It would be easy for there to be friction between Charlotte Checkers goalies Mike Murphy and Justin Pogge.
Pogge started the first two Calder Cup playoff games. Murphy then returned from a concussion, has started the past seven games, looked sharp and will be in net tonight for Game 4 of the East Division finals against the Wilkes-Barre/Scranton Penguins.
But Murphy and Pogge, opposites in size and playing styles, have become fast friends this season, urging and pushing each other on.
"We're just buddies," Pogge said, smiling. "We're like Donkey Kong and Diddy Kong."
For those who aren't video gamers or up on their Nintendo characters, Pogge is the Donkey Kong of the two. He's the big guy, with a size of 6 feet 3 and 205 pounds that the Carolina Panthers look for in strong safeties.
Murphy? Definitely Diddy Kong, the small one. He's 5-11 and maybe 170 pounds and looks like, well, a video gamer.
"I don't think I've ever been on a team where the goalies are so different," center Nick Dodge said. "Murphy is a little guy and really quick. Pogge obviously is a lot bigger and takes up a lot more of the net. But we're perfectly comfortable and confident with either in the net."
So is Checkers coach Jeff Daniels, who said, "Both have been good for us this season."
"Poggs is a guy with a little more experience, who has been around the league a little more," Daniels said. "For Murph, I think last year was an eye-opener for him, a learning year, and this year he came in more prepared and had a chance to play more and his play speaks for itself."
Murphy, 22, was a sixth-round pick by the Carolina Hurricanes in the 2008 NHL Entry Draft and is in his second professional season. The Kingston, Ontario, native likes to compare himself to Boston Bruins goalie Tim Thomas, who's also 5-11 and not your prototypical goalie.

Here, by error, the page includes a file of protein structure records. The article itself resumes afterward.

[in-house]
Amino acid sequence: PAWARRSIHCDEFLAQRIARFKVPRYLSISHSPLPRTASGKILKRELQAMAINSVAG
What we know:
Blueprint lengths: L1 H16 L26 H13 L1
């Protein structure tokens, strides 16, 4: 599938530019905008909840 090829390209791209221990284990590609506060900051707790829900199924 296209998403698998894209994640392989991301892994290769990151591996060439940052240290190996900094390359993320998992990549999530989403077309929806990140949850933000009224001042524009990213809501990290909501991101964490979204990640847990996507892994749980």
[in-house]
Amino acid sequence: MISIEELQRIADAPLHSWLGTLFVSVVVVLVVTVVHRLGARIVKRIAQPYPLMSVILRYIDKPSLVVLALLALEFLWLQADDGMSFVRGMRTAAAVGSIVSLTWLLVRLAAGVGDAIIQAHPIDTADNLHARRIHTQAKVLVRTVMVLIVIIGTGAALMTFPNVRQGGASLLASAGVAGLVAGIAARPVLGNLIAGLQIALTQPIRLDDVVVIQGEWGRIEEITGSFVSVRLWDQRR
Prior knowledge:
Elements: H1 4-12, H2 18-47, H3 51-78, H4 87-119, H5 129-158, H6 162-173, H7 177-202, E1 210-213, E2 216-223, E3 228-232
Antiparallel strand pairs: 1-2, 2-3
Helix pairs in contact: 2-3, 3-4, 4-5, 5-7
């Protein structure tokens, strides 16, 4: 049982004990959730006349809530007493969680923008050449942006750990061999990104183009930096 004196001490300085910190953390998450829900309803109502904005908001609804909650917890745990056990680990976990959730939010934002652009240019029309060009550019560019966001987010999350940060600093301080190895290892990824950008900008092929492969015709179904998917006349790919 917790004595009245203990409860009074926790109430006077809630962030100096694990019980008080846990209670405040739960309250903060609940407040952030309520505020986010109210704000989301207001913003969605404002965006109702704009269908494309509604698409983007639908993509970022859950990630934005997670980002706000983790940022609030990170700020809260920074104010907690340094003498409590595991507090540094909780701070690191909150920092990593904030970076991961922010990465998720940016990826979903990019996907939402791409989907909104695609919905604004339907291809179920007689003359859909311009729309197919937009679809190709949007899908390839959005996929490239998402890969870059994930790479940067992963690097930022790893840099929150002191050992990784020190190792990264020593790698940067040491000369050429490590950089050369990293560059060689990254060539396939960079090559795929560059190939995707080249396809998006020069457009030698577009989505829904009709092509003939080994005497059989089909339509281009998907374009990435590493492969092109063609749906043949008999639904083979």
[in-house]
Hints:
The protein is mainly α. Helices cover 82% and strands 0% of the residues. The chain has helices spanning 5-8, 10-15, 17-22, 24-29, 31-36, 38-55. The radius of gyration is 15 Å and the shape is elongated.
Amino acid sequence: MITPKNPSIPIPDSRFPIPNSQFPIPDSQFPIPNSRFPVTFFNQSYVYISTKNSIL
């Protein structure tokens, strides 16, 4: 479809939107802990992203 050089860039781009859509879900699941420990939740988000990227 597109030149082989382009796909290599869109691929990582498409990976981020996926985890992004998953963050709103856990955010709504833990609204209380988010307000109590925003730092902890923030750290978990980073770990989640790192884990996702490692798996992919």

"Tim Thomas has to rely on his quickness and his footwork, which is what I have to do," Murphy said. " I have to be more acrobatic and rely on my feet.
"And it's not just his style. It's his attitude. He had to work and work to get in the NHL and finally got there because he didn't quit. That's the guy I want to be. You've got to battle, battle, battle."
Pogge, 25, was a third-round pick by the Toronto Maple Leafs in 2004. He played seven games for the Leafs in 2008-09, but was traded that season to the Anaheim Ducks and has spent almost all of his pro career in the American Hockey League.
The Hurricanes obtained Pogge in March 2010 in the trade that sent defenseman Aaron Ward to the Ducks. There was speculation Pogge might be called up to the Canes at some point this season but he never got that chance.
"He has taken me under his wing this year, which is great," Murphy said. "I go to him after games to see what he thinks and what I should have done, and he's really made me a better goaltender."
Pogge, in turn, said he has been impressed with Murphy's competitiveness.
"Murph is some sort of hybrid," Pogge said. "He's a great blocking goalie. He plays bigger than he actually is. He's going to do everything he can to stop the puck and he's extremely athletic and flexible. Those are all great attributes to have as a goalie."
Daniels did not know how effective Murphy would be after returning from the concussion suffered March 20 against the Penguins. Murphy put in seven practices before Daniels put him back in net.
"I think what excited me the most was when he was cleared to play, I asked him, 'Murph, we want you in, are you ready to go?'" Daniels said. "He said, 'I'm in, I'm ready.'
"After missing almost a month, it's not like coming back the third week of December. You're getting thrown in the third game of the playoffs. But he's the type of kid when he said he wanted it, he was very confident about it and it showed in his play."
Murphy has a 5-2 record in the playoffs, with a 1.98 goals-against average and .933 save percentage. That's strong.
"He's really calm in there," Pogge said. "He's a calming influence on our team."
Daniels likes Pogge's personality. While Murphy can have a stern game face on game days, that's not Pogge.
"He's a little more outgoing and talkative," Daniels said. "But at game time, he's ready to go."
That's all a coach can ask from his goaltenders, regardless of who gets the call.
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